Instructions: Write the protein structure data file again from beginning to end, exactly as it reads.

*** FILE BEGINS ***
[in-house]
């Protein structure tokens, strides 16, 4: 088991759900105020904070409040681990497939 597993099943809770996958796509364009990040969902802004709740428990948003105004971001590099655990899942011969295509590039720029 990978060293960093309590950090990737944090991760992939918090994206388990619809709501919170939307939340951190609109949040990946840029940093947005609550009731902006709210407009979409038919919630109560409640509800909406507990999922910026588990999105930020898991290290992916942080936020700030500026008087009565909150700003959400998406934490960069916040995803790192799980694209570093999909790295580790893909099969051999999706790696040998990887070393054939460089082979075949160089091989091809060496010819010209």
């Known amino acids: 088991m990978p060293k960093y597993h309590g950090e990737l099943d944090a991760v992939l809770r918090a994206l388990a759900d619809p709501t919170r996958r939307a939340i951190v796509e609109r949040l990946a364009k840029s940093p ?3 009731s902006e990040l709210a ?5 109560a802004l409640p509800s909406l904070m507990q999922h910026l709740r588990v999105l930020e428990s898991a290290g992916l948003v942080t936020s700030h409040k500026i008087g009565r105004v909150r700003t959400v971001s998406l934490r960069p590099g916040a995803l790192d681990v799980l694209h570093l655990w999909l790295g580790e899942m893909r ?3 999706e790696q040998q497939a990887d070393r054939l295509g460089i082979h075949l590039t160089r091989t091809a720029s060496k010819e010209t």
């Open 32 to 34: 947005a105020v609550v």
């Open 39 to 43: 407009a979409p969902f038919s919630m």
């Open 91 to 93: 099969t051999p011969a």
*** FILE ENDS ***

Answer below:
[in-house]
């Protein structure tokens, strides 16, 4: 088991759900105020904070409040681990497939 597993099943809770996958796509364009990040969902802004709740428990948003105004971001590099655990899942011969295509590039720029 990978060293960093309590950090990737944090991760992939918090994206388990619809709501919170939307939340951190609109949040990946840029940093947005609550009731902006709210407009979409038919919630109560409640509800909406507990999922910026588990999105930020898991290290992916942080936020700030500026008087009565909150700003959400998406934490960069916040995803790192799980694209570093999909790295580790893909099969051999999706790696040998990887070393054939460089082979075949160089091989091809060496010819010209």
């Known amino acids: 088991m990978p060293k960093y597993h309590g950090e990737l099943d944090a991760v992939l809770r918090a994206l388990a759900d619809p709501t919170r996958r939307a939340i951190v796509e609109r949040l990946a364009k840029s940093p ?3 009731s902006e990040l709210a ?5 109560a802004l409640p509800s909406l904070m507990q999922h910026l709740r588990v999105l930020e428990s898991a290290g992916l948003v942080t936020s700030h409040k500026i008087g009565r105004v909150r700003t959400v971001s998406l934490r960069p590099g916040a995803l790192d681990v799980l694209h570093l655990w999909l790295g580790e899942m893909r ?3 999706e790696q040998q497939a990887d070393r054939l295509g460089i082979h075949l590039t160089r091989t091809a720029s060496k010819e010209t």
């Open 32 to 34: 947005a105020v609550v």
């Open 39 to 43: 407009a979409p969902f038919s919630m």
């Open 91 to 93: 099969t051999p011969a």